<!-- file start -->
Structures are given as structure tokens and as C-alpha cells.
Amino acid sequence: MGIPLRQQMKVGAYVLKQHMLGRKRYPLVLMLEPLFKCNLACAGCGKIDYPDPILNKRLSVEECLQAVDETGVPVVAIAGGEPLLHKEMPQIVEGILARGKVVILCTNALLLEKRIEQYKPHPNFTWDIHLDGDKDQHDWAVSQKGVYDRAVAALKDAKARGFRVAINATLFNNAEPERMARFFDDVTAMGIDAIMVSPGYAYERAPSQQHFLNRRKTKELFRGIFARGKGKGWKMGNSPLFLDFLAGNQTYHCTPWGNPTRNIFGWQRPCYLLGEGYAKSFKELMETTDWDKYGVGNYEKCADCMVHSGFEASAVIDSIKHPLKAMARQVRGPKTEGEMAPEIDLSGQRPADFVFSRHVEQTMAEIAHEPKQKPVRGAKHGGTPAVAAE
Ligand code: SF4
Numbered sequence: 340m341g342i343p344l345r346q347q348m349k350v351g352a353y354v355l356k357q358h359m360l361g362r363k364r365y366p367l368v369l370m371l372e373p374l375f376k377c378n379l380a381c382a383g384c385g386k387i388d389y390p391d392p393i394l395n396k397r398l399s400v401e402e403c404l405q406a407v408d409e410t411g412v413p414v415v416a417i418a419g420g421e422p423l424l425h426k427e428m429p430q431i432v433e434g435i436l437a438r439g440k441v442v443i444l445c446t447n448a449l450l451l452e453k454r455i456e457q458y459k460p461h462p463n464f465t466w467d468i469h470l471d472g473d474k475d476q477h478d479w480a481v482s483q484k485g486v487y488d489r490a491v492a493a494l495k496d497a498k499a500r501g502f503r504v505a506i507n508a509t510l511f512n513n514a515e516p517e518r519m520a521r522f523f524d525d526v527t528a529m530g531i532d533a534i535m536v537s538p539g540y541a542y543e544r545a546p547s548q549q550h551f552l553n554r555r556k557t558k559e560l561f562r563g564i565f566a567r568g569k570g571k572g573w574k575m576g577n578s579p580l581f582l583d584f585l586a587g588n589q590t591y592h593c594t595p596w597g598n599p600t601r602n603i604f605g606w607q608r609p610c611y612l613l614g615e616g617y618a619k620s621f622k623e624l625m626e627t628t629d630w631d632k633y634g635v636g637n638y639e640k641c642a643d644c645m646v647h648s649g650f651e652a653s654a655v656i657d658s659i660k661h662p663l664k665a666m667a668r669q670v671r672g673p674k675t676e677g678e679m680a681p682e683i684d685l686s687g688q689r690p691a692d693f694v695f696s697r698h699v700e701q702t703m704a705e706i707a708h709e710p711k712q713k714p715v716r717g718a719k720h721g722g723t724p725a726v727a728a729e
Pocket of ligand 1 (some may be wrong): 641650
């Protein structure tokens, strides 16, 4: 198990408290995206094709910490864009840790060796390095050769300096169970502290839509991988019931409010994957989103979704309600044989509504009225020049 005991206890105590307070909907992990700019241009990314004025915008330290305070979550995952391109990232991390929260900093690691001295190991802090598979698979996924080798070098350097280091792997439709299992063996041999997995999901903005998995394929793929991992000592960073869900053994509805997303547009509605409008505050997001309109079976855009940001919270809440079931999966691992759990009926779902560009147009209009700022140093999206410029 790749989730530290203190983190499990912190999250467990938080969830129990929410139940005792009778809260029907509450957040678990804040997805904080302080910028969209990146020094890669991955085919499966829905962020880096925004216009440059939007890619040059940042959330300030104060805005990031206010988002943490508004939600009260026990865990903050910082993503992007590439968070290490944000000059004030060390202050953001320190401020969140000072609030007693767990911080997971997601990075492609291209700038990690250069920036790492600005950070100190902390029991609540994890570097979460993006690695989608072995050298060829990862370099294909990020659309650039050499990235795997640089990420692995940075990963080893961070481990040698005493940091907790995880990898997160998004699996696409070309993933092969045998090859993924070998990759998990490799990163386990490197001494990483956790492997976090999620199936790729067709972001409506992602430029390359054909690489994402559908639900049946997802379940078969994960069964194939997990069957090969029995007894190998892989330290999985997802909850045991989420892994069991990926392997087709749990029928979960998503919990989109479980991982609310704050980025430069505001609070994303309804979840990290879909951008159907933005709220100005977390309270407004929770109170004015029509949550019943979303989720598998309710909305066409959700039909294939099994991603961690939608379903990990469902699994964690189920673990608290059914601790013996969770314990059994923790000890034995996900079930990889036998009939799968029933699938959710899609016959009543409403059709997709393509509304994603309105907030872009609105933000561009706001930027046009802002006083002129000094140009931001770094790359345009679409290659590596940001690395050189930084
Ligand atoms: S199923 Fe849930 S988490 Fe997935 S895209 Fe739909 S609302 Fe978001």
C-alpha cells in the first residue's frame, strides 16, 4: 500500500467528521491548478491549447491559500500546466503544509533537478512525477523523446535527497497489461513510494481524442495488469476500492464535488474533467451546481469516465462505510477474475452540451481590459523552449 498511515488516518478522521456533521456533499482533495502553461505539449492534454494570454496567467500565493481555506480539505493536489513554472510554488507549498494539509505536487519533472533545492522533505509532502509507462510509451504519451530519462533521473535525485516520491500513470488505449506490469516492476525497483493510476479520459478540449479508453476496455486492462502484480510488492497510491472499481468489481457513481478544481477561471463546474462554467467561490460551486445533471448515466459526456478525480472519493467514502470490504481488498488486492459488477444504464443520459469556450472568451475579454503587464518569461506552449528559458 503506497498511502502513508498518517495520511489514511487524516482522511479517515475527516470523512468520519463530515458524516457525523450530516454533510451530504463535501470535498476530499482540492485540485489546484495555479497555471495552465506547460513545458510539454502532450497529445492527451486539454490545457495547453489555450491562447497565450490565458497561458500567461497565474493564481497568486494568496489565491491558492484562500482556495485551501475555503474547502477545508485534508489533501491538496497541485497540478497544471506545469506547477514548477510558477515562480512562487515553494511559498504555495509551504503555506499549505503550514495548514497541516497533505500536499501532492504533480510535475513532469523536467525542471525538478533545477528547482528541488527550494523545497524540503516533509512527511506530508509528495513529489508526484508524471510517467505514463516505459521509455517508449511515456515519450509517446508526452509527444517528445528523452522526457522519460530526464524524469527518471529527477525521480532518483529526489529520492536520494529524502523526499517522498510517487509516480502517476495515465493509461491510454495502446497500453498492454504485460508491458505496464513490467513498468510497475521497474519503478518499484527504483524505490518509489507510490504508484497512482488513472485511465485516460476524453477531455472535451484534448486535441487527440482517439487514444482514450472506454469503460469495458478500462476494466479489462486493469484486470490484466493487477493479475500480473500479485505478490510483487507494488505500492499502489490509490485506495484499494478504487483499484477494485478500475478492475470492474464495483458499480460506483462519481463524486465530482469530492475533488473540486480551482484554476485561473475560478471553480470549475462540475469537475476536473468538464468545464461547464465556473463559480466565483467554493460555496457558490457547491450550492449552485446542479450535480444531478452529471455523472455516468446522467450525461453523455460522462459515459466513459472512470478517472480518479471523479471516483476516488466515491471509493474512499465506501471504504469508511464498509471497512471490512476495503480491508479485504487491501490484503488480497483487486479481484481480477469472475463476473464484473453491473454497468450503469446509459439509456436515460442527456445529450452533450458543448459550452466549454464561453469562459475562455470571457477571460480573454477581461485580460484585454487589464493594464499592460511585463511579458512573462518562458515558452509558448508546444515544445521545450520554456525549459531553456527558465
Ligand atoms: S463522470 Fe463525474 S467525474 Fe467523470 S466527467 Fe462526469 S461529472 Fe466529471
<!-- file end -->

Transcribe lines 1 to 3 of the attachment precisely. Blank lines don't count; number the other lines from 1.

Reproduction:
Structures are given as structure tokens and as C-alpha cells.
Amino acid sequence: MGIPLRQQMKVGAYVLKQHMLGRKRYPLVLMLEPLFKCNLACAGCGKIDYPDPILNKRLSVEECLQAVDETGVPVVAIAGGEPLLHKEMPQIVEGILARGKVVILCTNALLLEKRIEQYKPHPNFTWDIHLDGDKDQHDWAVSQKGVYDRAVAALKDAKARGFRVAINATLFNNAEPERMARFFDDVTAMGIDAIMVSPGYAYERAPSQQHFLNRRKTKELFRGIFARGKGKGWKMGNSPLFLDFLAGNQTYHCTPWGNPTRNIFGWQRPCYLLGEGYAKSFKELMETTDWDKYGVGNYEKCADCMVHSGFEASAVIDSIKHPLKAMARQVRGPKTEGEMAPEIDLSGQRPADFVFSRHVEQTMAEIAHEPKQKPVRGAKHGGTPAVAAE
Ligand code: SF4